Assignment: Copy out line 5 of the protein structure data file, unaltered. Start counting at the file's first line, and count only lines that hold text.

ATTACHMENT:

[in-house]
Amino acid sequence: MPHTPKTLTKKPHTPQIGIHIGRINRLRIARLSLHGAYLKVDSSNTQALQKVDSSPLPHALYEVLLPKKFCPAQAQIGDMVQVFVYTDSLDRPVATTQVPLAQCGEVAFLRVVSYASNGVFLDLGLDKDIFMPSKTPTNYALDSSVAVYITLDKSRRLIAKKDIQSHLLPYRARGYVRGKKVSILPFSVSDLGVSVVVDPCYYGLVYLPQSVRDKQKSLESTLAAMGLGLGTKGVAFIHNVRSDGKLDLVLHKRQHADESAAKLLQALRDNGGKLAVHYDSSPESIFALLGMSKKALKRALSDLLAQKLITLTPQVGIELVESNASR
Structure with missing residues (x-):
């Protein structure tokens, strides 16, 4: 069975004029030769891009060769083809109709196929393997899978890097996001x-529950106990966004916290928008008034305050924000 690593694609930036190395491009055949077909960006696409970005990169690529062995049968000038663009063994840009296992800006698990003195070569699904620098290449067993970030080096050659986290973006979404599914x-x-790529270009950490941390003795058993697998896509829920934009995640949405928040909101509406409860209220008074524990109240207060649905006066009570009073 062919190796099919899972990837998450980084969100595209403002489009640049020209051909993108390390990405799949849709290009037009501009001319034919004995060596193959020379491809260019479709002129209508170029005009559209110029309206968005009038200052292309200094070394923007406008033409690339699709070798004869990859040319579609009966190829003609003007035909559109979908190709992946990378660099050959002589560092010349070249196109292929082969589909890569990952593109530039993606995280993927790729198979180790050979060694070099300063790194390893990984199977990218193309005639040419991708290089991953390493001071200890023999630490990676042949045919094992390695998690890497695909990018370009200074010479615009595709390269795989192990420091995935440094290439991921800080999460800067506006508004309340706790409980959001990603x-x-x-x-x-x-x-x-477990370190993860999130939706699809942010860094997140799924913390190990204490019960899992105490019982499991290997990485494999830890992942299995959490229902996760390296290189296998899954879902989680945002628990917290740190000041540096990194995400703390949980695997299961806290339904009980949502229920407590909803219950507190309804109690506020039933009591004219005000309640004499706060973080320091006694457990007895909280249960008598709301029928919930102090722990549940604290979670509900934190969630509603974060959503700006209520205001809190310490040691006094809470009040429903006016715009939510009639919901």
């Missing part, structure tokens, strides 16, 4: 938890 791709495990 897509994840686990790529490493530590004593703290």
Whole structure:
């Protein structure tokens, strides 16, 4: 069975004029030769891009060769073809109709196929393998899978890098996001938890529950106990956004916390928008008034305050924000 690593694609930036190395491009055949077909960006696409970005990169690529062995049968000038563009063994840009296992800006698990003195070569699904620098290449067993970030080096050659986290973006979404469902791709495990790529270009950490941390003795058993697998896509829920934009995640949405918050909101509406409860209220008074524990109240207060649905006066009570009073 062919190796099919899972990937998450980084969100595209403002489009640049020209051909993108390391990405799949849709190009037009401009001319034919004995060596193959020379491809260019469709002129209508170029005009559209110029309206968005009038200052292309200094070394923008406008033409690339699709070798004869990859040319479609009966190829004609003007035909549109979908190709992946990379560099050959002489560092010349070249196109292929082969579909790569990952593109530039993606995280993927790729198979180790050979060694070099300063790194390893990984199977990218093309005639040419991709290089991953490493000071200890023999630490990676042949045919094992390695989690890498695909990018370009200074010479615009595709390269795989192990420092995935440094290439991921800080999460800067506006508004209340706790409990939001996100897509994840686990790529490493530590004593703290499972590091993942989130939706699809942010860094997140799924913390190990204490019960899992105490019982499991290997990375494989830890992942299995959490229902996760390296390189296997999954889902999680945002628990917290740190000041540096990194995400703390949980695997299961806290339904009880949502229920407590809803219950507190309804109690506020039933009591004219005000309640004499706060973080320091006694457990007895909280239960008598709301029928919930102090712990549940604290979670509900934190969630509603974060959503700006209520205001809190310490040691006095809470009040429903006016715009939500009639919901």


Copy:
């Missing part, structure tokens, strides 16, 4: 938890 791709495990 897509994840686990790529490493530590004593703290």